We are moving into Autumn so quickly this year. The temperatures are cooling and there is the smell of change in the air. Fall colours in all their splendour will soon be on their way. It’s a beautiful time to be at the centre; no bugs, cool clean air and the natural quietude of the forest.
As I walk the land I stop to rest beside one of our stupas. We are blessed to have four monuments at the centre, all built by sangha members under direction of skilled master builders, each with their unique flavour and history. There has been considerable effort and joy put into the construction of each of them and they continue to be a source of inspiration and beauty as well as an aid to practice.
Stupa, a word derived from the ancient Sanskrit language meaning the crown of the head, are a representation of the human connection with the Divine. They have been likened to acupuncture needles on the earth, focusing the energies of the five elements; earth, water, fire, air, space into power points which spread the benefit for the awakening of all beings promoting world peace, harmony and healing. In the eastern traditions these are also elements that compose the human body and the stupas are a reflection of our subtle energy body read more on stupas- http://www.aung.com/spirituality/international-peace-pagoda-project-ippp
Like us these monuments are ageing and are in need of some tender loving care. We have the expertise available, but we do need your help to repair these precious monuments. Some individuals have already expressed interest in learning about these precious stupas and rupas and expressed interest in being involved in their renovation. You too could participate by donating some much needed funds to the project and of course your time if you have some to spare, would be most welcome.
We look forward to seeing you soon at the centre.
Dharma Centre of Canada
I have been reflecting on my time spent at the Dharma Centre of Canada, and all of the benefits that have come my way as a result. The following list is long, but not finite:
When the Methods Become Stale
We must take the microscope and telescope of awareness, tune it up and examine our experience of being-ness and phenomena. This is the practice of Dharma, the search for our essential nature. Vipassanā (Pali, Sanskrit(Skt.)., vipaśyanā, Tib., lhaktong) is the result, the direct insights and wisdom that arise from looking at the five aggregates with the microscope and telescope of investigating awareness. Vipassanā is not solely a technique as commonly used today to refer to a specific type of meditation. Classically vipassanā refers to a series of direct knowledges gained through awareness boring into phenomena. They are called vipassanā-ñāṇa (Pali), Skt., vipaśyanā-jñāna.
(The Rainbow Healing Chod given by Lho Ontul Rinpoche on September 7, 2017, as experienced by Heather Rigby (Ravalokha))
Hello Friends of the Dharma Centre and Beyond,
The following is a brief update on the re-installation of our two beautiful Garuda’s and, the repair of the outdoor Pavilion’s slate roof currently underway at the DCC.
It may seem as though we are moving at a snail’s pace to mount the Garuda’s back up on the extended beams of the Pavilion. However a formidable amount of research has been underway over the winter to resolve various issues such as wood rot, correct mould design for epoxy-filler to re-establish the beams, design appropriate hardware to hang the Garuda’s at the appropriate angle, etc. And then of course there are issues with the weather and, scheduling!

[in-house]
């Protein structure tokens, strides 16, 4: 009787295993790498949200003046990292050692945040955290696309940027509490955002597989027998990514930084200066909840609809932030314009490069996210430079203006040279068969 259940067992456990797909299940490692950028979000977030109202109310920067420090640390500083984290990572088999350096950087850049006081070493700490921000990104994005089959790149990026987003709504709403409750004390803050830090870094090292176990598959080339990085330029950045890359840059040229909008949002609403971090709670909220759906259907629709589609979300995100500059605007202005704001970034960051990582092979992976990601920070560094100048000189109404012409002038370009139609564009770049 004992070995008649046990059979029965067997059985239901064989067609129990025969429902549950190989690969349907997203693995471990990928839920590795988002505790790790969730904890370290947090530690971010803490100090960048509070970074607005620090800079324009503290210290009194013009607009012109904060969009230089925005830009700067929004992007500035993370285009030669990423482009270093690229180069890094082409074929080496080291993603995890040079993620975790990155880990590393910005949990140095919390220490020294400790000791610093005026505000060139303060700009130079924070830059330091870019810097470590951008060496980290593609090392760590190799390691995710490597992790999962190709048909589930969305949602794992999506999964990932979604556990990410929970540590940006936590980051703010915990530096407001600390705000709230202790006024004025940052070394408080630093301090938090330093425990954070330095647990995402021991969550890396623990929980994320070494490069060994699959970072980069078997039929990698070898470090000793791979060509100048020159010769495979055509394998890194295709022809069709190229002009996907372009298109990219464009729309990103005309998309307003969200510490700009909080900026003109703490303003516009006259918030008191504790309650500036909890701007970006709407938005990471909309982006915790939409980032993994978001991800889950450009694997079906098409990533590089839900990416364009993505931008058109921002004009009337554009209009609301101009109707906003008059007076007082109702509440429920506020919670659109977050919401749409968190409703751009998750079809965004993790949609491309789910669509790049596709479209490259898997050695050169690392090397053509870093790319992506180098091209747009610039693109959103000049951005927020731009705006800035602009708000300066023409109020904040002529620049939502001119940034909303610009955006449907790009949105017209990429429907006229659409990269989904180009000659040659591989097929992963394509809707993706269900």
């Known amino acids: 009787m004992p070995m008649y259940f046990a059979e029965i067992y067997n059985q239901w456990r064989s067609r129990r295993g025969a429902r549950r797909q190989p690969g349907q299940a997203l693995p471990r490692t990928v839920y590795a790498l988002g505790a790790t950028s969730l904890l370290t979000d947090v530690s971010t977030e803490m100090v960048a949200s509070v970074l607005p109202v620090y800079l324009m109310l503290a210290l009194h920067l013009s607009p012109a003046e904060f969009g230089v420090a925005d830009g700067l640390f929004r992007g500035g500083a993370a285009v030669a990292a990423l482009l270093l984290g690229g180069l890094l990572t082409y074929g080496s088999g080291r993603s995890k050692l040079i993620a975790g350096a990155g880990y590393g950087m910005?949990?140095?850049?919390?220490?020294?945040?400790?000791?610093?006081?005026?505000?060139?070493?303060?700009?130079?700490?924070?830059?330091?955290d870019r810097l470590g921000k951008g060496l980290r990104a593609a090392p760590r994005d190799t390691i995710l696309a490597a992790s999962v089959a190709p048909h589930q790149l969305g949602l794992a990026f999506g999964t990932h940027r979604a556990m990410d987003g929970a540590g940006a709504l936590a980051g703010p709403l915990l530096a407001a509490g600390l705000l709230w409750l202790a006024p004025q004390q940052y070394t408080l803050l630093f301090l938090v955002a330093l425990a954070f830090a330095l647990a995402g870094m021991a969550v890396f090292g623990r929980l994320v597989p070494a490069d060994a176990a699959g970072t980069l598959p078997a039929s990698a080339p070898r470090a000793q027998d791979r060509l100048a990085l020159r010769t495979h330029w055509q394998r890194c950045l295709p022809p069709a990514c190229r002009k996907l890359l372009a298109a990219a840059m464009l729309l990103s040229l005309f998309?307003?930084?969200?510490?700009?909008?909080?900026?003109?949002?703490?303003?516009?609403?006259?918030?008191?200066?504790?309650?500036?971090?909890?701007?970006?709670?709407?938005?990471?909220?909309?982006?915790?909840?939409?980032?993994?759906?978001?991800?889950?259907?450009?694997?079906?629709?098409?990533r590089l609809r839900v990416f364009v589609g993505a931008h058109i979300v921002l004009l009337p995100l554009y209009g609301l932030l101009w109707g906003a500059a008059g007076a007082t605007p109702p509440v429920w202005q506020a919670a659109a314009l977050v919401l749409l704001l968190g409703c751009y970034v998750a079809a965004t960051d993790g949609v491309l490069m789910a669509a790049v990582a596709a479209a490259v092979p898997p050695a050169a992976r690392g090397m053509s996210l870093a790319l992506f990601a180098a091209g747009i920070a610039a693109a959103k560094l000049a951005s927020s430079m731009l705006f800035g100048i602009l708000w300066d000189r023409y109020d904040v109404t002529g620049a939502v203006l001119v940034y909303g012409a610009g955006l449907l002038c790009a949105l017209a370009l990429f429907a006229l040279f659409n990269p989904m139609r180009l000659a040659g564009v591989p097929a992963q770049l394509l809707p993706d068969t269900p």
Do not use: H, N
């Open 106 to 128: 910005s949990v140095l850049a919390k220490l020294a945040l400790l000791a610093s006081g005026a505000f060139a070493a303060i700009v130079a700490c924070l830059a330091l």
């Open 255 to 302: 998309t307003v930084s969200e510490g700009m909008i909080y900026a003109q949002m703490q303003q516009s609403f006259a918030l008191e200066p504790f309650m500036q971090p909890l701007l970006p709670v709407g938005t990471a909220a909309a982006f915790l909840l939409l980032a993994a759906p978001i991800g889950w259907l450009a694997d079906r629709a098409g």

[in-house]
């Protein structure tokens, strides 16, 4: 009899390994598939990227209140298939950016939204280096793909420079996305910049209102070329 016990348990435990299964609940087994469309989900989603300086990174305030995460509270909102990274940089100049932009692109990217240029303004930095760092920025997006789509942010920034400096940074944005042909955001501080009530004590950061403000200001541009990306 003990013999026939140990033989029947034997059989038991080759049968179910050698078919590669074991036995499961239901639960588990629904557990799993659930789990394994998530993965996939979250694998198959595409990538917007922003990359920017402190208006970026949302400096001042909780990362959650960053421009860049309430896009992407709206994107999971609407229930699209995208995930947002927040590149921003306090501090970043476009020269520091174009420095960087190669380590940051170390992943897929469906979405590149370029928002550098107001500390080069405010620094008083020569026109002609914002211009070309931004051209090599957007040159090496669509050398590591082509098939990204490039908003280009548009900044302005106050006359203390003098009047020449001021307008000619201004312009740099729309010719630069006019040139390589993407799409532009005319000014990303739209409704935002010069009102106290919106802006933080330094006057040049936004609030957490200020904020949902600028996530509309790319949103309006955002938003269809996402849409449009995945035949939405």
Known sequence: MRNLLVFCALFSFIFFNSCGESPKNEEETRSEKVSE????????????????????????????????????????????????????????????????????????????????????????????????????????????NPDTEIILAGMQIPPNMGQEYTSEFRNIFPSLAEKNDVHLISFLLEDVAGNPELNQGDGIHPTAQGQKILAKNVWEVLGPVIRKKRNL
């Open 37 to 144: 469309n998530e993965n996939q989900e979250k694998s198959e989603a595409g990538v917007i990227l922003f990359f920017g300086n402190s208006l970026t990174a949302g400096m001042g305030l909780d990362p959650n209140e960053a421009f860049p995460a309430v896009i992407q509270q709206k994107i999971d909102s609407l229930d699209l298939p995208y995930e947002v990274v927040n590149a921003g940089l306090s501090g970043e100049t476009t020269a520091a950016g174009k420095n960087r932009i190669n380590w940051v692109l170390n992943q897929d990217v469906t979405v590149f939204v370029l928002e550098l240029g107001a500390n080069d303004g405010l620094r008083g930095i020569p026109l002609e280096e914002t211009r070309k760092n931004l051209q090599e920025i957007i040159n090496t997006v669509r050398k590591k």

Years ago in late 1960’s, James George, then Canadian High Commissioner to India, “was instrumental in preserving sacred Tibetan texts.” Using his office as headquarters, he and his team microfilmed 500 Tibetan books. The project was “implemented by a young CUSO worker who was given a special camera for microfilming. He was invited to live at the High Commission for about a year to accomplish the task. The microfilming included texts of all the major Tibetan sects & schools. Each school was given their own microfilmed compilation, including ten Kagyu microfilm reels for Kalu Rinpoche, who later gifted the reels to Namgyal Rinpoche and the Dharma Centre of Canada.
The Dharma Centre of Canada (DCC) has an Archive, holding documents that date back to its beginning in the 1970’s. In volume, there are about twenty book boxes of material.
What is an archive and what is in the DCC Archive? An archive in any organization, business corporation, agency, or non-profit, that consists of the critical or strategic records generated during the life of the organization. These records tell the story of what decisions were made and what occurred in any one year. Typically, this represents only 5% (or less) of all the records generated by an organization during any year of its life. Only the most important documents are retained indefinitely, or archived. All other records (the remaining 95% or so) are destroyed on a destruction schedule of 3 to 30 years, or more. For small organizations such as DCC we follow a simplified destruction regiment called “the seven year rule.” This means that most Dharma Centre records for are those that ordinarily be destroyed within seven years – unless they are placed in the Archive. Some organizations include historical artifacts and physical objects in its archive.
Hello friends of the Dharma Center
The news in Dharma Centre emails, in phone chats with old friends, and in postings on the
website and on Facebook is uplifting. Recent retreats were well-attended and many people
continue to benefit from the activities and ambiance of the Centre. There is a full board and
wonderful staff and volunteers.